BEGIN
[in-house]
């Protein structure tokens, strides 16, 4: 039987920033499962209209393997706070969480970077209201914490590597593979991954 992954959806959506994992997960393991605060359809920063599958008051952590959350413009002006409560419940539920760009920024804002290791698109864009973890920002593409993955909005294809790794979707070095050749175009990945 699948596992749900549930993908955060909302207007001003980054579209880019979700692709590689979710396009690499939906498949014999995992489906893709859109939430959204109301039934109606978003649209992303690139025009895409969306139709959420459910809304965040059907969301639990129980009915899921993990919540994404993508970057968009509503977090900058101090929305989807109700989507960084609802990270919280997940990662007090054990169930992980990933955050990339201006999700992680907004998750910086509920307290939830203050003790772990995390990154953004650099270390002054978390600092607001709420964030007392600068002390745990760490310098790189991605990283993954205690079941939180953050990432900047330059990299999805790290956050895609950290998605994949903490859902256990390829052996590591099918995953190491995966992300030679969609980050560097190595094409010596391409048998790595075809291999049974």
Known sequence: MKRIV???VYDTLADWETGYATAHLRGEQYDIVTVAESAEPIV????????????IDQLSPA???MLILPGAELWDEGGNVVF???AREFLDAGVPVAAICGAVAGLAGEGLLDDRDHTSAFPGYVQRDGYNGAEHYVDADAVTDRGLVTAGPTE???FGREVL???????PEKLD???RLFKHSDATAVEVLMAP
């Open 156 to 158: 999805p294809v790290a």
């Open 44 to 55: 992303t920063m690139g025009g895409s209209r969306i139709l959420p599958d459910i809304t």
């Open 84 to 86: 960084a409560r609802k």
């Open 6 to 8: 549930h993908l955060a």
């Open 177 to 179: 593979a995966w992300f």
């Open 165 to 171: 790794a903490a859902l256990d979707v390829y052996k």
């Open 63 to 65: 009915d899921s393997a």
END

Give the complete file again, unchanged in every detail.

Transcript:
[in-house]
């Protein structure tokens, strides 16, 4: 039987920033499962209209393997706070969480970077209201914490590597593979991954 992954959806959506994992997960393991605060359809920063599958008051952590959350413009002006409560419940539920760009920024804002290791698109864009973890920002593409993955909005294809790794979707070095050749175009990945 699948596992749900549930993908955060909302207007001003980054579209880019979700692709590689979710396009690499939906498949014999995992489906893709859109939430959204109301039934109606978003649209992303690139025009895409969306139709959420459910809304965040059907969301639990129980009915899921993990919540994404993508970057968009509503977090900058101090929305989807109700989507960084609802990270919280997940990662007090054990169930992980990933955050990339201006999700992680907004998750910086509920307290939830203050003790772990995390990154953004650099270390002054978390600092607001709420964030007392600068002390745990760490310098790189991605990283993954205690079941939180953050990432900047330059990299999805790290956050895609950290998605994949903490859902256990390829052996590591099918995953190491995966992300030679969609980050560097190595094409010596391409048998790595075809291999049974």
Known sequence: MKRIV???VYDTLADWETGYATAHLRGEQYDIVTVAESAEPIV????????????IDQLSPA???MLILPGAELWDEGGNVVF???AREFLDAGVPVAAICGAVAGLAGEGLLDDRDHTSAFPGYVQRDGYNGAEHYVDADAVTDRGLVTAGPTE???FGREVL???????PEKLD???RLFKHSDATAVEVLMAP
């Open 156 to 158: 999805p294809v790290a």
């Open 44 to 55: 992303t920063m690139g025009g895409s209209r969306i139709l959420p599958d459910i809304t």
């Open 84 to 86: 960084a409560r609802k």
């Open 6 to 8: 549930h993908l955060a």
């Open 177 to 179: 593979a995966w992300f």
């Open 165 to 171: 790794a903490a859902l256990d979707v390829y052996k």
């Open 63 to 65: 009915d899921s393997a």